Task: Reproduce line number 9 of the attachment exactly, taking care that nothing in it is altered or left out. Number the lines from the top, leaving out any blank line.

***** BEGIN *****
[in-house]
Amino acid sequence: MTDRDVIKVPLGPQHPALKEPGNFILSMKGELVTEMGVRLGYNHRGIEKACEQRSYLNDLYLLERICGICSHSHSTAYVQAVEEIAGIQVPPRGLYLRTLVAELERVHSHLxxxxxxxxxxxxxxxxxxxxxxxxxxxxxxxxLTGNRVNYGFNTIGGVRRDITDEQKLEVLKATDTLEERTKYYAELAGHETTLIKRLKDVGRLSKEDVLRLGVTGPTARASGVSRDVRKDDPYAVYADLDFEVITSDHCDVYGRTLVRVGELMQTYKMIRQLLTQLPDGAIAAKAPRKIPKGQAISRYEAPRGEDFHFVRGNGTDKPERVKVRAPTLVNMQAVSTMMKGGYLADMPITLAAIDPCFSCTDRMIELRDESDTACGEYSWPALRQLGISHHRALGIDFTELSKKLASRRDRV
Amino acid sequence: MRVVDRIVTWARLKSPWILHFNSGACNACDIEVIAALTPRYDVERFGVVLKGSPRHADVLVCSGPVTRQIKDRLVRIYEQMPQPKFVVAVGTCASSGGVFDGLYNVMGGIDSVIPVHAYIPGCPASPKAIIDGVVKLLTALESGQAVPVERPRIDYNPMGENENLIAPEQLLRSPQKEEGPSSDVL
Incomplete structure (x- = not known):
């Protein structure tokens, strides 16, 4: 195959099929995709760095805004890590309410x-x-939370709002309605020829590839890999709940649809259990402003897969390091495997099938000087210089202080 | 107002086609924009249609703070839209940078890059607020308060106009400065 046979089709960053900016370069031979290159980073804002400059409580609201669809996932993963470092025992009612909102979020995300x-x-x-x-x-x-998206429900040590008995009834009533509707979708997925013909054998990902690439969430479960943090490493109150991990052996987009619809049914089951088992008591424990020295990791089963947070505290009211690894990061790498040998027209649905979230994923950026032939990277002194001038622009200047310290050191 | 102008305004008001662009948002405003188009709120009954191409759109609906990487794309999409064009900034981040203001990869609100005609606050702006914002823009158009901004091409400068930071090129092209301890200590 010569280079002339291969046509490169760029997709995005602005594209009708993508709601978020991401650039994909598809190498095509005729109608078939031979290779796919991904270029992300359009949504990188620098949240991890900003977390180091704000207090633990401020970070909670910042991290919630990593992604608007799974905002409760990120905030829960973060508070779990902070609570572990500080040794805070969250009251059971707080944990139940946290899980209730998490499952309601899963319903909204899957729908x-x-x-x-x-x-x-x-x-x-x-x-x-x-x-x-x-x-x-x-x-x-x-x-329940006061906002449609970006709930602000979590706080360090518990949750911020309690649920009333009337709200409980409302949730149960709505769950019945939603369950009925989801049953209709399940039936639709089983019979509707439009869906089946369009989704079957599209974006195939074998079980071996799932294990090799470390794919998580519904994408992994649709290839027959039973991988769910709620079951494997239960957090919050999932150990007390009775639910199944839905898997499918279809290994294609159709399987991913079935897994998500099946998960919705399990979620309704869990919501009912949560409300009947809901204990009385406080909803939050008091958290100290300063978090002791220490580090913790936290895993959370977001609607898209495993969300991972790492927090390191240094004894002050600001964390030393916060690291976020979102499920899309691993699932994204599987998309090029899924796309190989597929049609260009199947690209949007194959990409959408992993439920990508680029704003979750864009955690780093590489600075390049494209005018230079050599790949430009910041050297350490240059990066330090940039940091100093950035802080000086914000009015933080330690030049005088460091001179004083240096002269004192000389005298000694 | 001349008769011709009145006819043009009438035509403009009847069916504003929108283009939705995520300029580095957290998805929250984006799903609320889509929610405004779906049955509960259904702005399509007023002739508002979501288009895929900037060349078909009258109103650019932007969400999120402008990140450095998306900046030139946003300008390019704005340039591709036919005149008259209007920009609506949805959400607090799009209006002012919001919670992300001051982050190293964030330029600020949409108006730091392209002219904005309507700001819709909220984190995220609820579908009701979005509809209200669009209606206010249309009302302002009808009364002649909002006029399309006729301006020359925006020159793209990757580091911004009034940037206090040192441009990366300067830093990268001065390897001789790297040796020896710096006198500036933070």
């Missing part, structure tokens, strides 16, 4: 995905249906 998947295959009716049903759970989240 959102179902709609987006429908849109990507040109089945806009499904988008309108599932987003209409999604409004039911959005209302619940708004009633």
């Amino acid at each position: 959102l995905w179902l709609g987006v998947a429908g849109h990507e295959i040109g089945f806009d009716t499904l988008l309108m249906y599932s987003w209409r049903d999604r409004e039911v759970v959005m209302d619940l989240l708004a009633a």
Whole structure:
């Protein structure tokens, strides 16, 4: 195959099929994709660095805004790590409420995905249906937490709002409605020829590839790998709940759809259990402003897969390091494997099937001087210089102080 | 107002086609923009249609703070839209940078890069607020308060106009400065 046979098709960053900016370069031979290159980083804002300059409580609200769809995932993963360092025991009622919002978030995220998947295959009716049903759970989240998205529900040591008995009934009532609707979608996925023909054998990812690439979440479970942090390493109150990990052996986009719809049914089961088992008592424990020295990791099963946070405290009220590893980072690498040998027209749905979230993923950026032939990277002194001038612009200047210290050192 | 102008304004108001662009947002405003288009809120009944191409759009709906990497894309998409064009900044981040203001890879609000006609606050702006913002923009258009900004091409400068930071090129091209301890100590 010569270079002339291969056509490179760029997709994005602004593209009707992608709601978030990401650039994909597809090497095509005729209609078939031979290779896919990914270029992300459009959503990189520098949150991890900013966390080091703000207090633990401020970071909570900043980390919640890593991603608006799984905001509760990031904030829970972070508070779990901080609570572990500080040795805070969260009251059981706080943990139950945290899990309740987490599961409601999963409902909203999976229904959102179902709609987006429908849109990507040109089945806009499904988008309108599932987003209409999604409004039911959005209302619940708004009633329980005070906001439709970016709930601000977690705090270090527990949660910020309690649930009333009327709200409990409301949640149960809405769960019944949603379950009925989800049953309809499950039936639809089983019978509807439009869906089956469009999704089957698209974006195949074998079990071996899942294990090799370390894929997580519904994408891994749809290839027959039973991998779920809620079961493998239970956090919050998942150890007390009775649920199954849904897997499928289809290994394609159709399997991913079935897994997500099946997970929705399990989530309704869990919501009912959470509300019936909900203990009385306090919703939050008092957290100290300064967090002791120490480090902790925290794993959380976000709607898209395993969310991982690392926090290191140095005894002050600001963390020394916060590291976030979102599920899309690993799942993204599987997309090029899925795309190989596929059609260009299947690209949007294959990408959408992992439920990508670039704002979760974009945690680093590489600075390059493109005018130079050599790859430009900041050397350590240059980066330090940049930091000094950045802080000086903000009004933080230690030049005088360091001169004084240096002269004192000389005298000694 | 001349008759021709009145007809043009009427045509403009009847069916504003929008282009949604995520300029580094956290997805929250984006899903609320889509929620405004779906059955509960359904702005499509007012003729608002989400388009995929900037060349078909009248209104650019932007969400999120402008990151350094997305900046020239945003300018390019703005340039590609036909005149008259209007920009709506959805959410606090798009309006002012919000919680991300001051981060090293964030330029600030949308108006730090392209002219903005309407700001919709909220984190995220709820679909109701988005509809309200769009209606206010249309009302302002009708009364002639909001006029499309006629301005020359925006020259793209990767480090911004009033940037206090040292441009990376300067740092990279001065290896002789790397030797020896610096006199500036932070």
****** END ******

């Protein structure tokens, strides 16, 4: 195959099929994709660095805004790590409420995905249906937490709002409605020829590839790998709940759809259990402003897969390091494997099937001087210089102080 | 107002086609923009249609703070839209940078890069607020308060106009400065 046979098709960053900016370069031979290159980083804002300059409580609200769809995932993963360092025991009622919002978030995220998947295959009716049903759970989240998205529900040591008995009934009532609707979608996925023909054998990812690439979440479970942090390493109150990990052996986009719809049914089961088992008592424990020295990791099963946070405290009220590893980072690498040998027209749905979230993923950026032939990277002194001038612009200047210290050192 | 102008304004108001662009947002405003288009809120009944191409759009709906990497894309998409064009900044981040203001890879609000006609606050702006913002923009258009900004091409400068930071090129091209301890100590 010569270079002339291969056509490179760029997709994005602004593209009707992608709601978030990401650039994909597809090497095509005729209609078939031979290779896919990914270029992300459009959503990189520098949150991890900013966390080091703000207090633990401020970071909570900043980390919640890593991603608006799984905001509760990031904030829970972070508070779990901080609570572990500080040795805070969260009251059981706080943990139950945290899990309740987490599961409601999963409902909203999976229904959102179902709609987006429908849109990507040109089945806009499904988008309108599932987003209409999604409004039911959005209302619940708004009633329980005070906001439709970016709930601000977690705090270090527990949660910020309690649930009333009327709200409990409301949640149960809405769960019944949603379950009925989800049953309809499950039936639809089983019978509807439009869906089956469009999704089957698209974006195949074998079990071996899942294990090799370390894929997580519904994408891994749809290839027959039973991998779920809620079961493998239970956090919050998942150890007390009775649920199954849904897997499928289809290994394609159709399997991913079935897994997500099946997970929705399990989530309704869990919501009912959470509300019936909900203990009385306090919703939050008092957290100290300064967090002791120490480090902790925290794993959380976000709607898209395993969310991982690392926090290191140095005894002050600001963390020394916060590291976030979102599920899309690993799942993204599987997309090029899925795309190989596929059609260009299947690209949007294959990408959408992992439920990508670039704002979760974009945690680093590489600075390059493109005018130079050599790859430009900041050397350590240059980066330090940049930091000094950045802080000086903000009004933080230690030049005088360091001169004084240096002269004192000389005298000694 | 001349008759021709009145007809043009009427045509403009009847069916504003929008282009949604995520300029580094956290997805929250984006899903609320889509929620405004779906059955509960359904702005499509007012003729608002989400388009995929900037060349078909009248209104650019932007969400999120402008990151350094997305900046020239945003300018390019703005340039590609036909005149008259209007920009709506959805959410606090798009309006002012919000919680991300001051981060090293964030330029600030949308108006730090392209002219903005309407700001919709909220984190995220709820679909109701988005509809309200769009209606206010249309009302302002009708009364002639909001006029499309006629301005020359925006020259793209990767480090911004009033940037206090040292441009990376300067740092990279001065290896002789790397030797020896610096006199500036932070």